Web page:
Black-capped Capuchin

Video highlights from Animal Encounters

Black Capped Capuchins are native to Central and South America, they live in a wide range of habitats from coastal mangroves to rainforest.

Black-capped Capuchin (Cebus apella)

Type: Mammal
Diet: Omnivore
Average lifespan in the wild: 25 years
Size: 32 to 57cm body length
Weight: 1.9 to 4.8kg
Conservation Status (IUCN): Least Concern

Black Capped Capuchins are native to Central and South America, they live in a wide range of habitats from coastal mangroves to rainforest. They are a specie of New World Monkey and are considered the most intelligent of all the New World Monkeys.

An arboreal and diurnal species that spends their day searching and foraging for food, will often have midday naps during the hottest part of the day. They are omnivorous eating a variety of fruits, seeds, nuts and small animals (insects, lizards, bird eggs, crustaceans). Black Capped Capuchins have a prehensile tail they can use to hang from branches when they are collecting fruit and nuts, the tail can act as a fifth limb and can support the monkeys entire body weight. They serve an important role in the wild, dispersing the fruit and seeds of a variety of rainforest plants.

Living in large groups of up to 40 individuals, consisting of related females and their offspring with one alpha male and a group of subordinate males. The alpha male has mating rights with all of the females though other males will mate when he is not around or looking. Like most primate species the Black-capped capuchin spend a lot of time mutually grooming each other to form strong relationships and remove dead skin or insects. Females breed every two years and have a gestation of around 6 months.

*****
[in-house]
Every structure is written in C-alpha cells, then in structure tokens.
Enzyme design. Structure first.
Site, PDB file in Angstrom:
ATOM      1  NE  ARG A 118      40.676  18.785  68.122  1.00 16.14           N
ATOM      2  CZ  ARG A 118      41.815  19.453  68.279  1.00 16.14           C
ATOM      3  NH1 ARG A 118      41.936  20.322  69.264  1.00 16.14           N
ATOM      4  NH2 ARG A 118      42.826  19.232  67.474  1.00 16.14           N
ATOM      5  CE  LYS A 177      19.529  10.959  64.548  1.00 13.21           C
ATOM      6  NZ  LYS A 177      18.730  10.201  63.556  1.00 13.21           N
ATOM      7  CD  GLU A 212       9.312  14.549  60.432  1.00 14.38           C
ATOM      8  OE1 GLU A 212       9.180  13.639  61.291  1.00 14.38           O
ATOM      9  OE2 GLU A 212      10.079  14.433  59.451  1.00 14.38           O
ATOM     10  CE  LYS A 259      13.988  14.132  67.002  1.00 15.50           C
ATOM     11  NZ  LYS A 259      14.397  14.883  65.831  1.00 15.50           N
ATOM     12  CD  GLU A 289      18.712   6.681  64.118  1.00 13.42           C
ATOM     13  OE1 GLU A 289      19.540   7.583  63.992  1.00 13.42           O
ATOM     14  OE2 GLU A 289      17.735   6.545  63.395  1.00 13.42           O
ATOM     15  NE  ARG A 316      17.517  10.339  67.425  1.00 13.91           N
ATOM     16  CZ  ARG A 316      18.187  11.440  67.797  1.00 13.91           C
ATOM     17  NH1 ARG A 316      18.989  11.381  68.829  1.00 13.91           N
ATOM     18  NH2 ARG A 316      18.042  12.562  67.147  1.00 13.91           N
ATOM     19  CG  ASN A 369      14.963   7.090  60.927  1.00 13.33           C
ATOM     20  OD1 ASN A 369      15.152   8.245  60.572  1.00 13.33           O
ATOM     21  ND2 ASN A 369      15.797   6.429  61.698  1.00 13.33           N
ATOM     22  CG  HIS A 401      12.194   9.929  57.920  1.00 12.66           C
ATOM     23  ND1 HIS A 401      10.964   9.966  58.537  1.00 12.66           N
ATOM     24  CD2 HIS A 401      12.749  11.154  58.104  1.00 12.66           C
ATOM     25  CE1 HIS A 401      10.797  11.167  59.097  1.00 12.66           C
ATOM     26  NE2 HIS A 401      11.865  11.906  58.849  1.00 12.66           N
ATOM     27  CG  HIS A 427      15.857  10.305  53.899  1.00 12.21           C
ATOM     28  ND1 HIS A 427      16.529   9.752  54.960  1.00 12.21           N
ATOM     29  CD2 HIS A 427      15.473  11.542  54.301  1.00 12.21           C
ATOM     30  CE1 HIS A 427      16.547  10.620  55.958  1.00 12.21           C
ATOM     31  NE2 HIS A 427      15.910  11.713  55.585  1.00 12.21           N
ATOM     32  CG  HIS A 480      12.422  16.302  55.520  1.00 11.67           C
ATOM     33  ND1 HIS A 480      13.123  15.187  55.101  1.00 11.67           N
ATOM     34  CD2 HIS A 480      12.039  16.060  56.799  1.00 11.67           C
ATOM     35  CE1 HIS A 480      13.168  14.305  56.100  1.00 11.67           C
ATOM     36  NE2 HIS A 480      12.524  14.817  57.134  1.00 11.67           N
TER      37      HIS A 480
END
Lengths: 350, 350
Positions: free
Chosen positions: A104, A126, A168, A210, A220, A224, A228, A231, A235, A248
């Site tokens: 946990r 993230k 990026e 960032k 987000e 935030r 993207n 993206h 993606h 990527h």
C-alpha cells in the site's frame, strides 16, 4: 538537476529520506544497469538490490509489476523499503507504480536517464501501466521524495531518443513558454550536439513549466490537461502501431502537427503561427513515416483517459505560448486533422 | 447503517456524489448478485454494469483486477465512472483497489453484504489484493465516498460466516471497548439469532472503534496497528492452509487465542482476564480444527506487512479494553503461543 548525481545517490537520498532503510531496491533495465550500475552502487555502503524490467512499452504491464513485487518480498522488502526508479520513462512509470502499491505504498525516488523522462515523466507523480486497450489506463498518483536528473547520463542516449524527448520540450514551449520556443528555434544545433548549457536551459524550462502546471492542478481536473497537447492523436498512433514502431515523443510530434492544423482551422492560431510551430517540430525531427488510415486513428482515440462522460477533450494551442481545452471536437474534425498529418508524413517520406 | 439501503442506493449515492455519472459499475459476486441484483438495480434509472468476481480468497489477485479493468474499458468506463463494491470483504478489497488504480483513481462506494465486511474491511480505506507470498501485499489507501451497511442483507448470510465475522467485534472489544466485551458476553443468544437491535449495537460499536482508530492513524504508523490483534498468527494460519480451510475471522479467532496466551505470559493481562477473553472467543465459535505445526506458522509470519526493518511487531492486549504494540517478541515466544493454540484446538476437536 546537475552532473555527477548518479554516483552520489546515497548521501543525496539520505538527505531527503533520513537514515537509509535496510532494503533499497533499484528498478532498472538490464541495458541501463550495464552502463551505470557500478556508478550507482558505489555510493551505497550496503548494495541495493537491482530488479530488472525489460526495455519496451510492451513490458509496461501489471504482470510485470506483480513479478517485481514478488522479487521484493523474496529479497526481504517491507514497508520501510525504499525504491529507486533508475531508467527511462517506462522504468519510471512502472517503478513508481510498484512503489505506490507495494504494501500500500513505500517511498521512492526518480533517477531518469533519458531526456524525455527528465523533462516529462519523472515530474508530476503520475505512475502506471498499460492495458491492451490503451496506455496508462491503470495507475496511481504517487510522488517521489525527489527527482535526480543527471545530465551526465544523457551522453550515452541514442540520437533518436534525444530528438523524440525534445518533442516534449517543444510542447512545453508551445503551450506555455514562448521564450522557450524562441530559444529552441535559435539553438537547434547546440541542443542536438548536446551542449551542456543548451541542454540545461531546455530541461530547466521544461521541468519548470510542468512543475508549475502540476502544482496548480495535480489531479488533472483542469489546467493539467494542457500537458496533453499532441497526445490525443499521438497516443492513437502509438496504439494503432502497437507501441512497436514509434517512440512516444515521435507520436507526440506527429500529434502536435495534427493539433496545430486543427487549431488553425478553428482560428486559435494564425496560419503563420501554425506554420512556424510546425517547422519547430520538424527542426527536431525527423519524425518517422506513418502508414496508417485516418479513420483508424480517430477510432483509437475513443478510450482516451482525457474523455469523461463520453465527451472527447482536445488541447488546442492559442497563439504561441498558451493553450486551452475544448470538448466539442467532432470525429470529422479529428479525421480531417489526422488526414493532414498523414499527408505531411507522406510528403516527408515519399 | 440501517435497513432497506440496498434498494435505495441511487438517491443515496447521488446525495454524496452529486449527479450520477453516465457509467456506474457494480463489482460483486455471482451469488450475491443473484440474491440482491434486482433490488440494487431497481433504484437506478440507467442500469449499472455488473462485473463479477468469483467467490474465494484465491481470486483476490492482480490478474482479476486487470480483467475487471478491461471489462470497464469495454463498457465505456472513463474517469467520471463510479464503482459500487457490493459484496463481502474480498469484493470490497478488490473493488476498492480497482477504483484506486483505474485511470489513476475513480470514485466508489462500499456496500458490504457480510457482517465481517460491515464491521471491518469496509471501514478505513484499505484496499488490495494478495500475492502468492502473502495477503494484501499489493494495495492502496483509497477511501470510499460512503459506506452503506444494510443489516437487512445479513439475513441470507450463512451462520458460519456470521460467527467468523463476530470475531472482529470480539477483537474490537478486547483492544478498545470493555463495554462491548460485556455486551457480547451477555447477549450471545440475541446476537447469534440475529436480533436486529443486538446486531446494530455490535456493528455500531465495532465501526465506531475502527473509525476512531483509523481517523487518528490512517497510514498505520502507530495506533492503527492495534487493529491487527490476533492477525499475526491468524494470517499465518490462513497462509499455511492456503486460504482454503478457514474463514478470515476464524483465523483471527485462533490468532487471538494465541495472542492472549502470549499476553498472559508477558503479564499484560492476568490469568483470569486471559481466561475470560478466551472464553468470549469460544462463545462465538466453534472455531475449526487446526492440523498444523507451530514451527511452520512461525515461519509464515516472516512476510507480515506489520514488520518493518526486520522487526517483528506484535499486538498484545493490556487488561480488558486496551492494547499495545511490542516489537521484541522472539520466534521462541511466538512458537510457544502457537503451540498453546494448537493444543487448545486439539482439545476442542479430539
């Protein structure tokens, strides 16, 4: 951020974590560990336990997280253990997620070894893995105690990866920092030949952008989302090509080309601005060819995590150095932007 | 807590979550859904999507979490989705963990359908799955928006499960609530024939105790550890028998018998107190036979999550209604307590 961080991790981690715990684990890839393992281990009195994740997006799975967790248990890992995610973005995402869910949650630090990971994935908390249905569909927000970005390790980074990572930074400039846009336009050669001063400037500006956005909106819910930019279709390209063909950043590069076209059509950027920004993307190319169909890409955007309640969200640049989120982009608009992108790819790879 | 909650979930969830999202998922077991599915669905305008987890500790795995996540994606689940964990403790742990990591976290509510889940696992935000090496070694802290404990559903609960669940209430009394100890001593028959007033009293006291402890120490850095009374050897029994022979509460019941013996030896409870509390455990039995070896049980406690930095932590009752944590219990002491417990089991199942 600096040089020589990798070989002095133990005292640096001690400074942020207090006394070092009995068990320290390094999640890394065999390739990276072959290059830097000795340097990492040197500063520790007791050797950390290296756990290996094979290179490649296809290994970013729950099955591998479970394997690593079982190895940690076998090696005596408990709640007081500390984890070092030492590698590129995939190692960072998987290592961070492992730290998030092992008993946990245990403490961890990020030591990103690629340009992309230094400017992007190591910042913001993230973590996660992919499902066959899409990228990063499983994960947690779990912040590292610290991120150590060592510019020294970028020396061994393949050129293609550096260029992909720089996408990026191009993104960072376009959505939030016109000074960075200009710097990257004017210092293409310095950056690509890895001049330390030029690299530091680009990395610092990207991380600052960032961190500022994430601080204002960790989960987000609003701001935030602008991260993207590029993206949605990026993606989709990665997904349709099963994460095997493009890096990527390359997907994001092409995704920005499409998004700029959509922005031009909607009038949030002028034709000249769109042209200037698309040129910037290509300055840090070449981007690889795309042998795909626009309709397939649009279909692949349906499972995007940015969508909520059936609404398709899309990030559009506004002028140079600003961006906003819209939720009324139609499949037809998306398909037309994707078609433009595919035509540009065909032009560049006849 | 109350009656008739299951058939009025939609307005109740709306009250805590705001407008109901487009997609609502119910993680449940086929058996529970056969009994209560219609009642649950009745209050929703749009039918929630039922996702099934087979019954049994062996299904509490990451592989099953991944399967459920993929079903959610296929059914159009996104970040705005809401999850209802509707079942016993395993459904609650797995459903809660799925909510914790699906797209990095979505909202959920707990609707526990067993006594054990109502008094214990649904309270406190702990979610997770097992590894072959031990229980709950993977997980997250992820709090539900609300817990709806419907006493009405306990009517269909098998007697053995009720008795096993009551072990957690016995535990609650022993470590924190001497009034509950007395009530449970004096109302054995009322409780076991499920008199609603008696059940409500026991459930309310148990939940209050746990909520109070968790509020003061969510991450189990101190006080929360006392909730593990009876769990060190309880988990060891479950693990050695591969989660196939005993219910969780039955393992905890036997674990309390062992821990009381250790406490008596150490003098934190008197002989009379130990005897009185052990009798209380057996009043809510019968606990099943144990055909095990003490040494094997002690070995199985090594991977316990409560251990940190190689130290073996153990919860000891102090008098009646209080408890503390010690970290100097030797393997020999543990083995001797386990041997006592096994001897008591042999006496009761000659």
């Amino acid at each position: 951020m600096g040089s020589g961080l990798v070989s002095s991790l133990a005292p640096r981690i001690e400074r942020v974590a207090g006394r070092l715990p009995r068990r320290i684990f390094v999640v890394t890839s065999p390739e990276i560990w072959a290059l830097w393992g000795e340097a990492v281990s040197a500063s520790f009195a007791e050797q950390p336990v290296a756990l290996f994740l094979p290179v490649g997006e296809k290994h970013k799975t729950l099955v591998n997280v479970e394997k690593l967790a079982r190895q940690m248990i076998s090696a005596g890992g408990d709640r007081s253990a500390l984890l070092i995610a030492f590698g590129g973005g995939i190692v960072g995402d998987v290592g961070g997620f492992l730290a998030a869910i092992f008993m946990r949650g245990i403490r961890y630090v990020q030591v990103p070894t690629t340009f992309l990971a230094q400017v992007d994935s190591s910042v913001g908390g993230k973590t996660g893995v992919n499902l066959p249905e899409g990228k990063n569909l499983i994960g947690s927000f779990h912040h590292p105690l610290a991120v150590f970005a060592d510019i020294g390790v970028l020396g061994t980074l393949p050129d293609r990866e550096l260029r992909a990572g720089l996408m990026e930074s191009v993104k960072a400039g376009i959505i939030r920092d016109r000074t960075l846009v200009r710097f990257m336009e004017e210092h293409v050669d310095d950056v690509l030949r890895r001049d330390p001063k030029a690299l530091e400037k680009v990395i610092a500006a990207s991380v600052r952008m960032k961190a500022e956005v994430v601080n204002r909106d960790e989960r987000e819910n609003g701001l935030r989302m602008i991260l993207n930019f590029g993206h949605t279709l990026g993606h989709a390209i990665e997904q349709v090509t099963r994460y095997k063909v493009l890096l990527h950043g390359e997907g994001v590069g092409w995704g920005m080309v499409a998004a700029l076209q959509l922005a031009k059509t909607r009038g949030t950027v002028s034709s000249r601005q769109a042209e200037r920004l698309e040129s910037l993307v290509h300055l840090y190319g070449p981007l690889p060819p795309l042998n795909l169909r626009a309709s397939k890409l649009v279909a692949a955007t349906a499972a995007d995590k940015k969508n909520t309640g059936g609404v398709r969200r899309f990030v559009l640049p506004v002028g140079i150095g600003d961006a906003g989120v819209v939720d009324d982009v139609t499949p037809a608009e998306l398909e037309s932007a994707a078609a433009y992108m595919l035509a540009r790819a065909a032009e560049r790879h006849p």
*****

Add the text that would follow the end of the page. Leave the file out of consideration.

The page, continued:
One of the few animal species outside of the great apes observed using and making tools. After watching macaw’s cracking and breaking palm nuts with their powerful beak, Black Capped Capuchins learnt to select ripe palm fruit, chew the stalk of the fruit and drink the juice inside then throw the remaining fruit to the ground. Once this discarded fruit has hardened they will collect a group of these dried fruits and find a stone and use these stones to crack the fruit open to get the nut inside. Capuchins will collect stones from rivers up to 1km and keep them as their tools for breaking fruit open, they will also use these stones to crack open shellfish and crab shells to feed on them.

During the wet season, Capuchins will crush up the leaves of certain tree’s and certain insect species to rub on their fur which acts as insect repellent against mosquito’s.

The smartest and most favoured monkey trained for TV and film work having been seen in many movies such as Indiana Jones, Outbreak and A Night at the Museum. Their high level of intelligence and dexterous hands make them ideal for conditioning and training for use in this industry.


Information courtesy of Ben Britton
Wild Animal Encounters
Conservation Through Education
www.wildanimalencounters.com.au
Email: admin@wildanimalencounters.com.au 
 

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